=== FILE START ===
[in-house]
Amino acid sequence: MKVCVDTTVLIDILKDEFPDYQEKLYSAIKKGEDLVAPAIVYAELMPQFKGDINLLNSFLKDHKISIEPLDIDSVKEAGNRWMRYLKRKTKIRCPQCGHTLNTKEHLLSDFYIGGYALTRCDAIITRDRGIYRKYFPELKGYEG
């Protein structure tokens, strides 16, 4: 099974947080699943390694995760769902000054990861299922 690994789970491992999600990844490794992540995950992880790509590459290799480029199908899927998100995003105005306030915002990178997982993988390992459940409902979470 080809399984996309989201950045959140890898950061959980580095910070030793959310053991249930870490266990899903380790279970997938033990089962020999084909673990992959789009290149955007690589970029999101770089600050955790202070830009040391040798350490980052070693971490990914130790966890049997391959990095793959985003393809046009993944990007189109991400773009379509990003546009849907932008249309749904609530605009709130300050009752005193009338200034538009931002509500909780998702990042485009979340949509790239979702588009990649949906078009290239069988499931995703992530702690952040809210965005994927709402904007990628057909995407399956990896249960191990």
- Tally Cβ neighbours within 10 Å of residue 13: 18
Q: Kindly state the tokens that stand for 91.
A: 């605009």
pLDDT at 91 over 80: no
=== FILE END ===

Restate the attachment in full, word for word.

[in-house]
Amino acid sequence: MKVCVDTTVLIDILKDEFPDYQEKLYSAIKKGEDLVAPAIVYAELMPQFKGDINLLNSFLKDHKISIEPLDIDSVKEAGNRWMRYLKRKTKIRCPQCGHTLNTKEHLLSDFYIGGYALTRCDAIITRDRGIYRKYFPELKGYEG
């Protein structure tokens, strides 16, 4: 099974947080699943390694995760769902000054990861299922 690994789970491992999600990844490794992540995950992880790509590459290799480029199908899927998100995003105005306030915002990178997982993988390992459940409902979470 080809399984996309989201950045959140890898950061959980580095910070030793959310053991249930870490266990899903380790279970997938033990089962020999084909673990992959789009290149955007690589970029999101770089600050955790202070830009040391040798350490980052070693971490990914130790966890049997391959990095793959985003393809046009993944990007189109991400773009379509990003546009849907932008249309749904609530605009709130300050009752005193009338200034538009931002509500909780998702990042485009979340949509790239979702588009990649949906078009290239069988499931995703992530702690952040809210965005994927709402904007990628057909995407399956990896249960191990």
- Tally Cβ neighbours within 10 Å of residue 13: 18
Q: Kindly state the tokens that stand for 91.
A: 């605009």
pLDDT at 91 over 80: no